This post is part 1 of 7 in a series entitled “When not to pay down your mortgage,” which outlines many scenarios where paying extra on your mortgage isn’t necessarily the best financial strategy.
Perhaps the least modeled but most important factor in considering mortgage payments is the long-term effect of inflation. Many financial planners and investment advisors will discuss the merits of putting money in stocks or bonds rather than into a mortgage. But few will explain why a strategy of paying down a mortgage early must consider inflation to determine whether it makes sense. Let me explain.
The common assumptions about mortgage interest
Let’s assume you’ve paid off your credit cards and any other high interest loans, you have an emergency fund, and you’re getting the maximum matched funds for retirement that your employer may provide. You still have some money left over each month to save toward something. Should you put it into your mortgage? The conventional wisdom is—of course you should.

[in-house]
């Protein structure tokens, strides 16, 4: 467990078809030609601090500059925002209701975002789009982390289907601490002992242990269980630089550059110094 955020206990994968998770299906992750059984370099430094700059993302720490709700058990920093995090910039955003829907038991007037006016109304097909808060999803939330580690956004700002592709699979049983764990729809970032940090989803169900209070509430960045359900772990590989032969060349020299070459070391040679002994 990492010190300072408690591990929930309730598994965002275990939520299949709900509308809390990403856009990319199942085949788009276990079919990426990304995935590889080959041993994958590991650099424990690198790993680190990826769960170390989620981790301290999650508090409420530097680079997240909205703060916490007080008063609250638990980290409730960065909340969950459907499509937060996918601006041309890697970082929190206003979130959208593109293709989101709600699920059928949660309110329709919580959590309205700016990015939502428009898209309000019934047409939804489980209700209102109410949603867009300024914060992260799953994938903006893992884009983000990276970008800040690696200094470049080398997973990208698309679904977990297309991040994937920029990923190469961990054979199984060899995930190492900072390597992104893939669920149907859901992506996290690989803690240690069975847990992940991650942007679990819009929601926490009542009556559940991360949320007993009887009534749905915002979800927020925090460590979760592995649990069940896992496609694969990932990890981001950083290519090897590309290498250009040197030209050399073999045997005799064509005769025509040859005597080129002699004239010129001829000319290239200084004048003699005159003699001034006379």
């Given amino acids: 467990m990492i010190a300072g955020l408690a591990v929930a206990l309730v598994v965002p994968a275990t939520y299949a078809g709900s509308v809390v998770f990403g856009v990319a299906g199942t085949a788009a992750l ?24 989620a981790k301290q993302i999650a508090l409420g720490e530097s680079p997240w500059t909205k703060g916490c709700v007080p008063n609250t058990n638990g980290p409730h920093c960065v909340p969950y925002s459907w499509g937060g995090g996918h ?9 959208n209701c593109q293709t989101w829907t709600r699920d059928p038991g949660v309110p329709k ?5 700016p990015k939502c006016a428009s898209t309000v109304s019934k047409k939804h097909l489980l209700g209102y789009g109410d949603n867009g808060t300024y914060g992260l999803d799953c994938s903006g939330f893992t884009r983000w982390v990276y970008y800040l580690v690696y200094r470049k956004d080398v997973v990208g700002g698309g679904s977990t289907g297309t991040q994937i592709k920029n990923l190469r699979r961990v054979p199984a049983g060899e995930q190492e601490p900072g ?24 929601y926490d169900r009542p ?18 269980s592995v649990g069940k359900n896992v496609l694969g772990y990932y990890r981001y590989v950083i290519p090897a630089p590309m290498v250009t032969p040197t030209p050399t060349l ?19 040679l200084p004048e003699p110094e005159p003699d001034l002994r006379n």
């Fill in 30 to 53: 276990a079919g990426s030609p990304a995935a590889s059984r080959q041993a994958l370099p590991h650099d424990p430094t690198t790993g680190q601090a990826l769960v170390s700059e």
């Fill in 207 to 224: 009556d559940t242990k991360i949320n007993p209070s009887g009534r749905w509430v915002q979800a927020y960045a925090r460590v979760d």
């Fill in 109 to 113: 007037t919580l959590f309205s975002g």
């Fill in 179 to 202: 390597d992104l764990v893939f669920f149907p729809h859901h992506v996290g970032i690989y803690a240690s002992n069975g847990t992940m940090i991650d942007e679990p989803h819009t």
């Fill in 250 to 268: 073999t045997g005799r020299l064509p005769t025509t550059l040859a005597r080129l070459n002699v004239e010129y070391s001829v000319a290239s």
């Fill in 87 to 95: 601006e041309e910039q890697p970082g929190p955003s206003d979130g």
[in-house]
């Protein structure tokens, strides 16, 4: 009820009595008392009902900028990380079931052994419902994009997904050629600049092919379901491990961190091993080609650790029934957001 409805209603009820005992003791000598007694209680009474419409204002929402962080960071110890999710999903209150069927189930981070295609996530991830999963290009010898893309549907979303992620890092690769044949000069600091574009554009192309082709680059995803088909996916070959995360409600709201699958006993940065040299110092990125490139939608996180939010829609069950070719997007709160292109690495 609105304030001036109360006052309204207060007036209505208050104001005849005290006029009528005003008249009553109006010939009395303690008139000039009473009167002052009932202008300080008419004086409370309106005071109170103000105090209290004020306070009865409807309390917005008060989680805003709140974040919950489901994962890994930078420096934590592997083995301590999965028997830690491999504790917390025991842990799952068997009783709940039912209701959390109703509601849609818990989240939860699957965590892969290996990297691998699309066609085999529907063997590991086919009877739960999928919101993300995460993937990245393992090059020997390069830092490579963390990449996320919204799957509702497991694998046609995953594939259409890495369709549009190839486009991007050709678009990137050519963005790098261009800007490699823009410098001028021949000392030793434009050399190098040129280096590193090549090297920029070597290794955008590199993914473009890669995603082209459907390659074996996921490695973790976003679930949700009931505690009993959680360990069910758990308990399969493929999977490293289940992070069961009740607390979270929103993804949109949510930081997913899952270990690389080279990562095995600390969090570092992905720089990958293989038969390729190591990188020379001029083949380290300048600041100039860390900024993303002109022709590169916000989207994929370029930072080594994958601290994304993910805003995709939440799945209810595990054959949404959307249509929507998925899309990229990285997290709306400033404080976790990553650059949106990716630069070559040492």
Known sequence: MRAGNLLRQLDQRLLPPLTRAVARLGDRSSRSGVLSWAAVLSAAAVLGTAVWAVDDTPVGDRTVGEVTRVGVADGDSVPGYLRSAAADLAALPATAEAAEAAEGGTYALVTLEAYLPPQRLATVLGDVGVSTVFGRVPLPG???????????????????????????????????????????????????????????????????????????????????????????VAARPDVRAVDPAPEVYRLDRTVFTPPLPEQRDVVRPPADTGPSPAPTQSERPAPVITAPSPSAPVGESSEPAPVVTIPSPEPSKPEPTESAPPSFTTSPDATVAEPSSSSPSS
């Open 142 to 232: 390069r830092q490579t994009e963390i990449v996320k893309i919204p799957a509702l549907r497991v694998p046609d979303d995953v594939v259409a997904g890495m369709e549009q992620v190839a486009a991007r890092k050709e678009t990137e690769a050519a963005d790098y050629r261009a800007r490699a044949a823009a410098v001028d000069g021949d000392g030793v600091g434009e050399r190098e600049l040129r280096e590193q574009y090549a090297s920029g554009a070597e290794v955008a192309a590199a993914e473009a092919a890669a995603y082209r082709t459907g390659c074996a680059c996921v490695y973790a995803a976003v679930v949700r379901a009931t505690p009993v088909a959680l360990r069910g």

And if you have less than 20% equity or so in your house, perhaps you should. You might be paying for PMI (private mortgage insurance), which is sometimes costly and can often be waived once you get a certain about of equity. Or your home value might have decreased, leaving you “underwater” in your loan. In these cases, gaining some equity quickly is probably a good idea.
But what about people who have either made a 20% down payment or have built up that much equity? Usually, these borrowers are also convinced of the argument to make additional payments with a simple table showing the total amount of interest you’d pay on the loan under various conditions.